Image taken from: wikipedia

E. coli strains as a probiotic? 

After everything we have covered above it would be understandable to think of E. coli as a problematic bug, but the microbiome is not that straight forward. 

One particular strain of E. coli, isolated in 1917 by Alfred Nissle, has good evidence for use as a potent probiotic for IBD and bacterial infections. This strain, called Escherichia coli Nissle 1917 was first isolated from the stool of a German soldier who appeared to have resistance against diarrhoeal causing infections which were a big issue at the time (11).

Here in Australia it is available as a product called mutaflor.

E. coli Nissle 1917 deserves a whole article covering it’s actions and benefits on the gut ecosystem. A few key points are summarised in the image below showing this probiotics actions including

  • Direct antagonistic effects on pathogenic bacteria and yeasts
  • Improving colonisation resistance 
  • Improving gut permeability 
  • Immune modulating activities
  • Inhibiting certain pathogenic bacteria from invading the gut lining including Salmonella, Enteroinvasive E. coli (EIEC), Shigella, Yersinia, Listeria and Candida
Image taken from: Escherichia coli strain Nissle 1917—from bench to bedside and back: history of a special Escherichia coli strain with probiotic properties  

E. coli to treat Inflammatory Bowel Disease

Here is the interesting bit. E. coli Nissle 1917 has a decent amount of research showing benefit in IBD. Let’s cover this research now. 

The highest level of evidence we have are systematic reviews with meta-analysis. One such review published in the Journal of gastrointestinal and liver diseases in 2015 looked at the effects of E. coli Nissle 1917 in maintaining remission in ulcerative colitis patients. 

From the 6 studies including 719 patients they found that E. coli Nissle 1917 induced remission in 61.6% of patients compared to the standard treatment for ulcerative colitis which induced remission in 69.5% of patients. In the patients that took E. coli Nissle 1917 36.8% relapsed (very common in IBD) compared to 36.1% in the pharmaceutical arm. 

While there isn’t much published in E. coli Nissle 1917 and Crohn’s disease there is one interesting in-vitro study worth covering. 

Pathogenic E. coli strains were isolated from ileal lesions in Crohn’s disease patients. The researchers then incubated these pathogenic strains with Nissle 1917. They found that Nissle 1917 strongly inhibited the adherence of the pathogenic strains of E. coli to the cells that line the gut (13).

Is E. Coli Nissle 1917 safe as a Probiotic? 

As E. coli Nissle 1917 is the same species as the different pathotypes of E. coli it has been studied up and down to determine whether it is healthy for people to consume. 

A number of studies (summarised here) have demonstrated the safety of E. coli nissle 1917 showing that it 

  • Lack pathogenic adhesion factors
  • It does not produce any enterotoxins or cytotoxins
  • It is not invasive
  • It is not uropathogenic
  • It is rapidly killed by non-specific defense factors of blood serum. 

While E. coli Nissle 1917 is still a gram negative bacteria, and like all gram negative bacteria contains a bacterial endotoxin called lipopolysaccharide (LPS) in its membrane, Nissle 1917 is unique here as well.

The LPS found on the Nissle 1917 strain of E. coli is different when compared to all other E. coli strains that have been studied. The 06 polysaccharide side chain is very short and the oligosaccharide core segment of the LPS molecule has had some unique modifications as well (14).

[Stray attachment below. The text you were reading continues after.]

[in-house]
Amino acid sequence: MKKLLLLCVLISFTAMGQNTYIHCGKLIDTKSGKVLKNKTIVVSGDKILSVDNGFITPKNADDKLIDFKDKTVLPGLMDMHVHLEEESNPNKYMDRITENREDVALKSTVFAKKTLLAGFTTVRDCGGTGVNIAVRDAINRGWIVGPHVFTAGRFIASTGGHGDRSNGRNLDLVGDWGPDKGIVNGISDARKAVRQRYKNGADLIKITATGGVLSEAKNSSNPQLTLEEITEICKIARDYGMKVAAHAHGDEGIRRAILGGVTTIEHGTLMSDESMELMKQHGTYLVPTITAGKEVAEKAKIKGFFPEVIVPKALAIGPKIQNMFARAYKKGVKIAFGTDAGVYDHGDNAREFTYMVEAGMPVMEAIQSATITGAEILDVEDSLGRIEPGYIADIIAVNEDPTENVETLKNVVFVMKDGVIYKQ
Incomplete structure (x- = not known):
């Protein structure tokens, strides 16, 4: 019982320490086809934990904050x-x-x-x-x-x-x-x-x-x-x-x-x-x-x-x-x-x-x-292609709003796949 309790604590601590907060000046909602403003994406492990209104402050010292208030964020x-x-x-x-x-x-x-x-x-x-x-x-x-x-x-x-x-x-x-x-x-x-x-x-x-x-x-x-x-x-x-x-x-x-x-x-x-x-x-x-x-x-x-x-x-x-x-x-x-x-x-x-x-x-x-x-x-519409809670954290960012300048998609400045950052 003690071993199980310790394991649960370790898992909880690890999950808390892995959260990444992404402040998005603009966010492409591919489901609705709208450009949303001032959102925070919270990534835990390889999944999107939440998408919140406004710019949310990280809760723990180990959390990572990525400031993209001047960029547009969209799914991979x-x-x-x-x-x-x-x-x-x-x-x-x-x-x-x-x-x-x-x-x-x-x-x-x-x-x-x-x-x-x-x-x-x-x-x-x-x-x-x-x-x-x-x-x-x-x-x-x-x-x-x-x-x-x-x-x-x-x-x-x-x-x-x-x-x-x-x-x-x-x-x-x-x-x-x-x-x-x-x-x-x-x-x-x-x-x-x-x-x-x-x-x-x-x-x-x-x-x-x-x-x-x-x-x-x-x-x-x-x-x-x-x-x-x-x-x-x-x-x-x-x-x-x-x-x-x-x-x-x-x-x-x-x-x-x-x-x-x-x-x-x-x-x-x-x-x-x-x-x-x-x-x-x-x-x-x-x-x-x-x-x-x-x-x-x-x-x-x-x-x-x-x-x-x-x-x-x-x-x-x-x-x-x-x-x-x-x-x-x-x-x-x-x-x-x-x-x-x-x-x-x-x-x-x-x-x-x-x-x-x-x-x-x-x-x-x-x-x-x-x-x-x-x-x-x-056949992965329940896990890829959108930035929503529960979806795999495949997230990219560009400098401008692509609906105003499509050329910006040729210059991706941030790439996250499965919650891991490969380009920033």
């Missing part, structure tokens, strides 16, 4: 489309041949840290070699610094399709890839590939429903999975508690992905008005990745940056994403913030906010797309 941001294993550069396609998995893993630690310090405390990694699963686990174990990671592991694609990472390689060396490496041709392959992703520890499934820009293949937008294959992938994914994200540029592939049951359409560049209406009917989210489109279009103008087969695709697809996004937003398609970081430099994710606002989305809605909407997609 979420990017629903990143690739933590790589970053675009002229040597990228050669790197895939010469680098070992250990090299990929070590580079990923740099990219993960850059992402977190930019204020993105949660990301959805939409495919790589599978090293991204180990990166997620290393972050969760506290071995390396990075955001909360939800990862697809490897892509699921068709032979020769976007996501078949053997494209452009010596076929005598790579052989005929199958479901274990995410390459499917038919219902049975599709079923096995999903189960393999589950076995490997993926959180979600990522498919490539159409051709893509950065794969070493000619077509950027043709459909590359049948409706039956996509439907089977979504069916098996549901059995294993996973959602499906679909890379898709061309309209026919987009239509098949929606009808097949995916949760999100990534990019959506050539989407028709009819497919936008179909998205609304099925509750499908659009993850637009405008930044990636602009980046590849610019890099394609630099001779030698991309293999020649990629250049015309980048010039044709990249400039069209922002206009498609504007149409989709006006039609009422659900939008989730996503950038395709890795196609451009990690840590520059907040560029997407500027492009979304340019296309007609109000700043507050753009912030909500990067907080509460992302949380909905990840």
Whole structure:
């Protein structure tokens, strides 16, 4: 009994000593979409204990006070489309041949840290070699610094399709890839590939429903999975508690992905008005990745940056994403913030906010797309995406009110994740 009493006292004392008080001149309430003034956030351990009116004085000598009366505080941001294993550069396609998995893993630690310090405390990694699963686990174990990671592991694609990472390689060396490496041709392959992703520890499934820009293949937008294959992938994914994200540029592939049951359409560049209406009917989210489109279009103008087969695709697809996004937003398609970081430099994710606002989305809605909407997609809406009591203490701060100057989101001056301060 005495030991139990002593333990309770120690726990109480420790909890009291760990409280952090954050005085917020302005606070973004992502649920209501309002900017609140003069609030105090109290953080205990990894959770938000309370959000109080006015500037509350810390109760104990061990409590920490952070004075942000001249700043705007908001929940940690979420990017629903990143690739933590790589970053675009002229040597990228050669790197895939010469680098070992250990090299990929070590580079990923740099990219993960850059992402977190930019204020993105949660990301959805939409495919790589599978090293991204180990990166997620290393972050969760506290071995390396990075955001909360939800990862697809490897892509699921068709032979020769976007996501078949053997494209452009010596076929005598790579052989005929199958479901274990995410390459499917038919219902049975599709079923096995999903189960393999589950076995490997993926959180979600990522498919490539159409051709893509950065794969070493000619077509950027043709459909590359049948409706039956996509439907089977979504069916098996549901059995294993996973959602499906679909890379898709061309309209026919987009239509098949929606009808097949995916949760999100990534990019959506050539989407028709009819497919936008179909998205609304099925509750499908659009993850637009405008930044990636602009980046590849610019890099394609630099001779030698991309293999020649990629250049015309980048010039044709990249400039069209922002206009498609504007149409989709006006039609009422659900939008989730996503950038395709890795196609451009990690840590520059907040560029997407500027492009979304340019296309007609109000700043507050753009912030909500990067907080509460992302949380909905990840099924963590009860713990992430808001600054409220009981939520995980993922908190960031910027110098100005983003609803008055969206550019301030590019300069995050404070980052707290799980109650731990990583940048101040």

That microbiology speak may be too much detail (yes I am a nerd!) so let’s boil it down to brass tax. All strains of Escherichia coli contain an endotoxin that can set off the immune system. E. coli Nissle 1917 has this endotoxin but it is unique in the fact that it tends to promote immune modulating effects and does not demonstrate any immunotoxic effects

A Holistic Approach to treating Inflammatory Bowel Disease 

It is important to point out that diseases involving gut imbalances, immune dysregulation, genetic susceptibility and environmental triggers are complex. 

While there is research supporting the use of E. coli Nissle 1917 for IBD that doesn’t mean it is a cure all. 

When I approach IBD cases I like to consider 

  • Diet as a driver of the disease 
  • The microbiome balance (using advanced gut testing)
  • Intestinal permeability status (leaky gut)
  • Nutrient deficiencies that may be contributing the symptom picture 
  • Herbal medicines to lower inflammation and balance the gut 
  • Prebiotics and probiotics to help balance the gut

Often when I screen my IBD patients I see an overgrowth of Escherichia coli. Sometimes it is one of the many pathogenic E. coli strains we discussed above. Many times I will use the E. coli Nissle 1917 and generally see good effect but it is never the only thing I recommend to help balance the gut, lower inflammation, heal the mucous lining and improve health in general.

Now over to you. Do you suffer from IBD? What has helped in your healing journey? 

References & Resources

  1. Diagnostics of Inflammatory Bowel Disease
  2. The fundamental basis of inflammatory bowel disease
  3. Inflammatory bowel disease: cause and immunobiology
  4. Microbiota dysbiosis and barrier dysfunction in inflammatory bowel disease and colorectal cancers: exploring a common ground hypothesis
  5. Microbiota dysbiosis and barrier dysfunction in inflammatory bowel disease and colorectal cancers: exploring a common ground hypothesis
  6. Pathogenic Escherichia coli
  7. Presence of adherent Escherichia coli strains in ileal mucosa of patients with Crohn’s disease
  8. Escherichia coli Pathobionts Associated with Inflammatory Bowel Disease 
  9. Possible role of Escherichia coli in propagation and perpetuation of chronic inflammation in ulcerative colitis
  10. Molecular Characterization of Rectal Mucosa-associated Bacterial Flora in Inflammatory Bowel Disease
  11. Escherichia coli strain Nissle 1917—from bench to bedside and back: history of a special Escherichia coli strain with probiotic properties  
  12. Escherichia coli Nissle 1917 in Ulcerative Colitis Treatment: Systematic Review and Meta-analysis
  13. Inhibitory effect of probiotic Escherichia coli strain Nissle 1917 on adhesion to and invasion of intestinal epithelial cells by adherent–invasive E. coli strains isolated from patients with Crohn’s disease
  14. The non-pathogenic Escherichia coli strain Nissle 1917 – features of a versatile probiotic